US approves first ALS drug in two decades

Promising ALS therapy impresses in clinical trials
Credit: Shutterstock.com/ Sebastian Kaulitzki

Radicava has become the first new treatment approved in the US for amyotrophic lateral sclerosis (ALS) for some two decades.

“After learning about the use of edaravone to treat ALS in Japan, we rapidly engaged with the drug developer about filing a marketing application in the United States,” said Eric Bastings, M.D., Deputy Director of the Division of Neurology Products in the FDA’s Center for Drug Evaluation and Research.”

Commonly known Lou Gehrig’s Disease, ALS is a rare disease that attacks and kills the nerve cells that control voluntary muscles.

The nerves lose the ability to activate specific muscles, which causes the muscles to become weak and leads to paralysis.

ALS is progressive, meaning it gets worse over time. The Centres for Disease Control and Prevention estimates that approximately 12,000-15,000 Americans have ALS. Most people with ALS die from respiratory failure, usually within three to five years from when the symptoms first appear.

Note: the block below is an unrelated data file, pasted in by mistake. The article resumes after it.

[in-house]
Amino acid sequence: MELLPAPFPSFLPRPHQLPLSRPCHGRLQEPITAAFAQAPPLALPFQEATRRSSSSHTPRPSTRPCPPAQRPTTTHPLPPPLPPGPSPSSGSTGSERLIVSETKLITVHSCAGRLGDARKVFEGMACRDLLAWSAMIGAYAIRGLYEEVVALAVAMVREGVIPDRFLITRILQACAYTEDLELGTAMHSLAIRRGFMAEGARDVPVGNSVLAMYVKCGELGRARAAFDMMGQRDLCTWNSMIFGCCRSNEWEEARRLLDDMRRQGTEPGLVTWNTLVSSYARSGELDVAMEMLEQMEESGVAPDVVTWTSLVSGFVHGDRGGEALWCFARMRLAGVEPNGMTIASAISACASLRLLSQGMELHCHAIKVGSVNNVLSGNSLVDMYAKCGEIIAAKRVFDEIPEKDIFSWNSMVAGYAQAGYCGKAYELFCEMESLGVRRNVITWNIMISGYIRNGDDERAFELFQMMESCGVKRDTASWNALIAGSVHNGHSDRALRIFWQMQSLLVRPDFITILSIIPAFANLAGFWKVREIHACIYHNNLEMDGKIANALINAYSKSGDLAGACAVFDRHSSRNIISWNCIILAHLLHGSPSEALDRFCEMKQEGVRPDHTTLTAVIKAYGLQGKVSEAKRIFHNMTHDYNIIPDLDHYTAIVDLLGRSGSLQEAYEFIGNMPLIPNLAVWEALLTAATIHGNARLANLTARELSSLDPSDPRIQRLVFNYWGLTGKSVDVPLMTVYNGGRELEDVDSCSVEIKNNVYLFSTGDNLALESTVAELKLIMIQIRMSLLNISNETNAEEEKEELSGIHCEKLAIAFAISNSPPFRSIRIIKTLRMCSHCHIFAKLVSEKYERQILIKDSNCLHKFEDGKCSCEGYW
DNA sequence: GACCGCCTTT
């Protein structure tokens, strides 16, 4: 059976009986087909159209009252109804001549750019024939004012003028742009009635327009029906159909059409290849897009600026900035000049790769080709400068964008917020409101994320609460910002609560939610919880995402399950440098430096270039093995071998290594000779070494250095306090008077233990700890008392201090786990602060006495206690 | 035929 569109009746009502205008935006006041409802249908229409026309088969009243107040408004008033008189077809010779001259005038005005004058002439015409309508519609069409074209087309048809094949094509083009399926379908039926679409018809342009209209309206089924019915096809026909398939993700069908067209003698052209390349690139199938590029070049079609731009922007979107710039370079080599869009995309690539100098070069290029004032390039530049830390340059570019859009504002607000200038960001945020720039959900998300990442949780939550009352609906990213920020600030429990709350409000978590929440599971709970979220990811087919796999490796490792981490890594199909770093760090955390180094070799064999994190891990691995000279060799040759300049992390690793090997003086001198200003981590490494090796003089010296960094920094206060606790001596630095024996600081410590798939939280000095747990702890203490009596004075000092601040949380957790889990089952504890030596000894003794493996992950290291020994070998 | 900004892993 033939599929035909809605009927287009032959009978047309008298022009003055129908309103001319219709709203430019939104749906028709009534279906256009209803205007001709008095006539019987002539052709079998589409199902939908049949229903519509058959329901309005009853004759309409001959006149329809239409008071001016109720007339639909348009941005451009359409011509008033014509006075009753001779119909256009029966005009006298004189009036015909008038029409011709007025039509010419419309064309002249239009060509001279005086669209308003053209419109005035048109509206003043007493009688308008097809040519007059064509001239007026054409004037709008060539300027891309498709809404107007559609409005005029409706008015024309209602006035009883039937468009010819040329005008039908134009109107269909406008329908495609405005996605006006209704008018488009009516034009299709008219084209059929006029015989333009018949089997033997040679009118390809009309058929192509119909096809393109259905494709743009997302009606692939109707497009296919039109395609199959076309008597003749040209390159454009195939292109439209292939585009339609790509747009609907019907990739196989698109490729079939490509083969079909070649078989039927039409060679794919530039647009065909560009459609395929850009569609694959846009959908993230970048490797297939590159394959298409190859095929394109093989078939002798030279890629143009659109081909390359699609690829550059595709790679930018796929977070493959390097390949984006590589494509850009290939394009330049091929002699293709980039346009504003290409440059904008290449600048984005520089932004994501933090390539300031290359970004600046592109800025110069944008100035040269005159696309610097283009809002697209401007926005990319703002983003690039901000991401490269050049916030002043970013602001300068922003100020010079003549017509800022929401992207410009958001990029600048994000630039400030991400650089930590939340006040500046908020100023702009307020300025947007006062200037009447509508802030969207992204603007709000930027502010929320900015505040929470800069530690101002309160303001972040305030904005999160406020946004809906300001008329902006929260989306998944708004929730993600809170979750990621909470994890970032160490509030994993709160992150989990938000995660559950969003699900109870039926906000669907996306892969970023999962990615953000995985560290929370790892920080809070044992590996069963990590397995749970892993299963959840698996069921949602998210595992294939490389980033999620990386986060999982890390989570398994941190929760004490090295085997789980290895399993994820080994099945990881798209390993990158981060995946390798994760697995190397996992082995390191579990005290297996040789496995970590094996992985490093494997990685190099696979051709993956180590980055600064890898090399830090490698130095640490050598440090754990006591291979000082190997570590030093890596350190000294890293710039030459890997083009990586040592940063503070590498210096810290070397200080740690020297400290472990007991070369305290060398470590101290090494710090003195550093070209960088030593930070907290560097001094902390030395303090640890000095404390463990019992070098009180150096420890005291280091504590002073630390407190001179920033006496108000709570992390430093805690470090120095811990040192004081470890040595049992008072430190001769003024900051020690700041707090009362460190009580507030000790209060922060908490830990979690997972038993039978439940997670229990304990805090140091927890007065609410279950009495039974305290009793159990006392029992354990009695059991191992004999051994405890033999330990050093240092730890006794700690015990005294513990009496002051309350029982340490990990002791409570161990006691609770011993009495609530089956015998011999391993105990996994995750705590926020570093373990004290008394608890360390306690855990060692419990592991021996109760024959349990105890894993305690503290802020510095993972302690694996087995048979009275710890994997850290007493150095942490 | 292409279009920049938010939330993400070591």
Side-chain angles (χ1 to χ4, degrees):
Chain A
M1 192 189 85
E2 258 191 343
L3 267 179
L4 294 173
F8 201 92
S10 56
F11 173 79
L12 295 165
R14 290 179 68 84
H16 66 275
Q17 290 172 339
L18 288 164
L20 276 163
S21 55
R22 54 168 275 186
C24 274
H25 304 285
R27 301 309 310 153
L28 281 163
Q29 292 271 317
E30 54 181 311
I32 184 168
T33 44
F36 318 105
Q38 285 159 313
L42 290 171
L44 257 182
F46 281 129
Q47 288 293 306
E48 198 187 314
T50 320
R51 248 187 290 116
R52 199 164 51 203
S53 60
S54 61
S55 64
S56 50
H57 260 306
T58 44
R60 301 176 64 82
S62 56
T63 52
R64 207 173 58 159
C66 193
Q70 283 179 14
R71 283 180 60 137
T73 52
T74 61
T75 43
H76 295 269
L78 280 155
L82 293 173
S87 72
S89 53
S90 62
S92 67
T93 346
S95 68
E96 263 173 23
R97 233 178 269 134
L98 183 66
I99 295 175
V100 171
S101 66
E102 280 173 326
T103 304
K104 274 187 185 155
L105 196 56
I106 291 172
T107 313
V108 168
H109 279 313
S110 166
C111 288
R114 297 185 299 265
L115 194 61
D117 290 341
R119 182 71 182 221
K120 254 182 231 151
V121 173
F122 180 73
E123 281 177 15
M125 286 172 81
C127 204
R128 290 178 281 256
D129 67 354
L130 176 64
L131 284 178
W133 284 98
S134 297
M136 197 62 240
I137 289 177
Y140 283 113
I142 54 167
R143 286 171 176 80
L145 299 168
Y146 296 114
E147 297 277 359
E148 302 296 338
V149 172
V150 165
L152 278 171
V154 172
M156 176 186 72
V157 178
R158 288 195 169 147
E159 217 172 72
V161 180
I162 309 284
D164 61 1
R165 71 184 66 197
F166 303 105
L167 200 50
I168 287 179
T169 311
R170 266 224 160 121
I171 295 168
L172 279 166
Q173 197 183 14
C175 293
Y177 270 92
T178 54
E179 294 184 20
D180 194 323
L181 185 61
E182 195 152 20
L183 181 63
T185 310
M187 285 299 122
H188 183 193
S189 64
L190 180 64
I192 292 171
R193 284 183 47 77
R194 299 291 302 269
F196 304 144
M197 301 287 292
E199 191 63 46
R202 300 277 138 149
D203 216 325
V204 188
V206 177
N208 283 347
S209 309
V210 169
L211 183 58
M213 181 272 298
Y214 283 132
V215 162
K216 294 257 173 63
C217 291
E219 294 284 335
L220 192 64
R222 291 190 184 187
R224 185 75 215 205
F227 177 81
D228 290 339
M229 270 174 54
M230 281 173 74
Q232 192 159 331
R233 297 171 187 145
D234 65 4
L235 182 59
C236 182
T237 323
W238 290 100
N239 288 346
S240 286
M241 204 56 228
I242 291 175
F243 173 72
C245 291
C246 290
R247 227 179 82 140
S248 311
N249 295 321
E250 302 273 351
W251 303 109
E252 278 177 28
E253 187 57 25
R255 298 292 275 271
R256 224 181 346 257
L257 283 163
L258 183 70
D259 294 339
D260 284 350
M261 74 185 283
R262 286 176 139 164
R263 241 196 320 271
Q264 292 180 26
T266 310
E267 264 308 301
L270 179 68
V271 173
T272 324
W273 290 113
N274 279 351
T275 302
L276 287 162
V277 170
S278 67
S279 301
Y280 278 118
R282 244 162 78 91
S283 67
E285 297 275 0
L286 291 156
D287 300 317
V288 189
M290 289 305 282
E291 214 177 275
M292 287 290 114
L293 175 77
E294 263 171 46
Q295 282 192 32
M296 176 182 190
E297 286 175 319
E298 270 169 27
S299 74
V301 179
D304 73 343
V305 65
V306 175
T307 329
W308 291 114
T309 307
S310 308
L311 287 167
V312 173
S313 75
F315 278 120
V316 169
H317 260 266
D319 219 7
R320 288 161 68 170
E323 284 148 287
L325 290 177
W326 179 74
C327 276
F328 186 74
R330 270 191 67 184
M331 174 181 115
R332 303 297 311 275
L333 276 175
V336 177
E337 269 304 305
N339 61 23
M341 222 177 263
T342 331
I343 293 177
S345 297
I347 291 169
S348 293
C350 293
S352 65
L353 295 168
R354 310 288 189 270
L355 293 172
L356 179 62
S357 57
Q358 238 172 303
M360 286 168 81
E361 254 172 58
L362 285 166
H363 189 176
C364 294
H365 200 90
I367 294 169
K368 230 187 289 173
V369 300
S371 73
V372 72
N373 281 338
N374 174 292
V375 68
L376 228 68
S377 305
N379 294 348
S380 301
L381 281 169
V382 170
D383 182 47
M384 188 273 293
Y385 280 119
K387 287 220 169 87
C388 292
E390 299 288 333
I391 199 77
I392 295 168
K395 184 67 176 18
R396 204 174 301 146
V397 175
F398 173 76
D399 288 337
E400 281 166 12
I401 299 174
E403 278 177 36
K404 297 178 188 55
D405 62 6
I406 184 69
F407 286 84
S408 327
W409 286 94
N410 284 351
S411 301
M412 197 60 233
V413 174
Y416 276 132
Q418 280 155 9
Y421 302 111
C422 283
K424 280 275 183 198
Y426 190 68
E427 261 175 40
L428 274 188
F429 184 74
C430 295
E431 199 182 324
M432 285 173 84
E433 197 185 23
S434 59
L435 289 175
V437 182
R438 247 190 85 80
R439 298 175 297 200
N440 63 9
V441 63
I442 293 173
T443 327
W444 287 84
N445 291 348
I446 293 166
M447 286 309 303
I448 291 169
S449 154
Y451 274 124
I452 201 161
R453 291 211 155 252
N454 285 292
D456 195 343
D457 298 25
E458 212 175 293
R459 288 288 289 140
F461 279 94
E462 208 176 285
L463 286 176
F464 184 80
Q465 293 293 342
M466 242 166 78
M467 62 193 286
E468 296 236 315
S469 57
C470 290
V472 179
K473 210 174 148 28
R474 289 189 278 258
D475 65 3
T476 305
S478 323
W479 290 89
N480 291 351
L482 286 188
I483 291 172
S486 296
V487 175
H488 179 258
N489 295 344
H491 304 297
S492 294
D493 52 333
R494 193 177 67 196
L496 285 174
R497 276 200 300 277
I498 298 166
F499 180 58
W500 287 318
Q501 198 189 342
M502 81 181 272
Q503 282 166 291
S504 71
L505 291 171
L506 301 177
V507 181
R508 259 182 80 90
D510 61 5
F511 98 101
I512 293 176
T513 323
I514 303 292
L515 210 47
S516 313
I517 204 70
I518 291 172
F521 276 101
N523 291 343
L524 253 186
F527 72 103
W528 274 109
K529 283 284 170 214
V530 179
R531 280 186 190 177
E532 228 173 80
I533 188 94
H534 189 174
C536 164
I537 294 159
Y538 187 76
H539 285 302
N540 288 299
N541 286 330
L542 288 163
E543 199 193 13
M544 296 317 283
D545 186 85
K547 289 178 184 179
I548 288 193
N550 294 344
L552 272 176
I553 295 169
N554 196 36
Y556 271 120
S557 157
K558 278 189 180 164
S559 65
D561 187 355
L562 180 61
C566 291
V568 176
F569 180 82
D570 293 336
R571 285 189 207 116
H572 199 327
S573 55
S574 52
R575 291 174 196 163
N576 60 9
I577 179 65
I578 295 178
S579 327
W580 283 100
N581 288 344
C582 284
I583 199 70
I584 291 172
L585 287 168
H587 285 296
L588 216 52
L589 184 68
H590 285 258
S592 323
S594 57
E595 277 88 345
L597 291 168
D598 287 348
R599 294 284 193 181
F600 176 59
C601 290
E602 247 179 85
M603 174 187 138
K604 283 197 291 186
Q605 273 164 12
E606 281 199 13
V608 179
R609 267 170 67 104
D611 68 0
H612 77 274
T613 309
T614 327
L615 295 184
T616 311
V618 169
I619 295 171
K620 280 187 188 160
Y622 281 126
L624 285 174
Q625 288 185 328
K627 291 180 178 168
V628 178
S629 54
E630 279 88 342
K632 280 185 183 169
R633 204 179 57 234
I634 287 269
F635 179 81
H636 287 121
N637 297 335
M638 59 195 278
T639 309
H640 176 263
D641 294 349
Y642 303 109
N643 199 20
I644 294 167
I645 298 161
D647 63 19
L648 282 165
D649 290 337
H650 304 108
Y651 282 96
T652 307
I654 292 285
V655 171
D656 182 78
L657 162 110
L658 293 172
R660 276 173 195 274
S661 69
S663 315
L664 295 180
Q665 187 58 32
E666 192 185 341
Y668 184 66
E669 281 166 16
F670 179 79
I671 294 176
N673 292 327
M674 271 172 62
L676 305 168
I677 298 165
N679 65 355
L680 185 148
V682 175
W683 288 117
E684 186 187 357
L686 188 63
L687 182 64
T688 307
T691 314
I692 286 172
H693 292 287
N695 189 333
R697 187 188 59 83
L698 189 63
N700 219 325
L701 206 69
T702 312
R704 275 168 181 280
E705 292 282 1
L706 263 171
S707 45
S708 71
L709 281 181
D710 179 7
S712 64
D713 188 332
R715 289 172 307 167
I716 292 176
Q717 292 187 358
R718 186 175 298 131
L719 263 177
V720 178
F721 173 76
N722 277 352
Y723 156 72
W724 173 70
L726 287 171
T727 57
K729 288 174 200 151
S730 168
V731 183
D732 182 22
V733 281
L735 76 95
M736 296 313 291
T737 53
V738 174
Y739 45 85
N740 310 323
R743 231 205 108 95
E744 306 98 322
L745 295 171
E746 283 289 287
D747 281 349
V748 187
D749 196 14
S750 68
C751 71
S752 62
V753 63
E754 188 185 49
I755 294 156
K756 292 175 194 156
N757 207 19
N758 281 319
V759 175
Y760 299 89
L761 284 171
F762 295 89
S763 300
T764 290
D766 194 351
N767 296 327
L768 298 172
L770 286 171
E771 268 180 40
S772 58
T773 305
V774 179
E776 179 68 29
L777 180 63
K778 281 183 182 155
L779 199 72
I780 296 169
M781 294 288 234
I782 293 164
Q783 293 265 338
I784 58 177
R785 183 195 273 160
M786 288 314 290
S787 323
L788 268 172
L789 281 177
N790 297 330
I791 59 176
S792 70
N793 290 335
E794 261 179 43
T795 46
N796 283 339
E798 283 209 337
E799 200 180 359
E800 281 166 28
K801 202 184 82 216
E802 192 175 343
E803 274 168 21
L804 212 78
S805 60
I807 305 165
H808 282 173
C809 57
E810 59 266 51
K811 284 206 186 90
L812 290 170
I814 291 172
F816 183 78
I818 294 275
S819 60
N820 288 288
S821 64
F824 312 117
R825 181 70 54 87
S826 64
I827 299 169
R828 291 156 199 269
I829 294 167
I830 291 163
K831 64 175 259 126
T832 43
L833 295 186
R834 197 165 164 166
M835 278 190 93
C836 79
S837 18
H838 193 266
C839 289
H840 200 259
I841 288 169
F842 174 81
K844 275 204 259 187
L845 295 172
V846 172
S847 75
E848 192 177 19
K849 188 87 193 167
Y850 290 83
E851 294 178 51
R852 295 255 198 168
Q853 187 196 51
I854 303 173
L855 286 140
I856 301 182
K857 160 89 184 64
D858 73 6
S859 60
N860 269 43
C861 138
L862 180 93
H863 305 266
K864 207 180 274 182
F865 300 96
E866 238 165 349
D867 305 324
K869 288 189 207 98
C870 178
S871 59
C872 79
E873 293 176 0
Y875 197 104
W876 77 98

Radicava is an intravenous infusion given by a health care professional. It is administered with an initial treatment cycle of daily dosing for 14 days, followed by a 14-day drug-free period. Subsequent treatment cycles consist of dosing on 10 of 14 days, followed by 14 days drug-free.

The efficacy of edaravone for the treatment of ALS was demonstrated in a six-month clinical trial conducted in Japan. In the trial, 137 participants were randomized to receive edaravone or placebo. At Week 24, individuals receiving edaravone declined less on a clinical assessment of daily functioning compared to those receiving a placebo.

The FDA granted this drug orphan drug designation, which provides incentives to assist and encourage the development of drugs for rare diseases.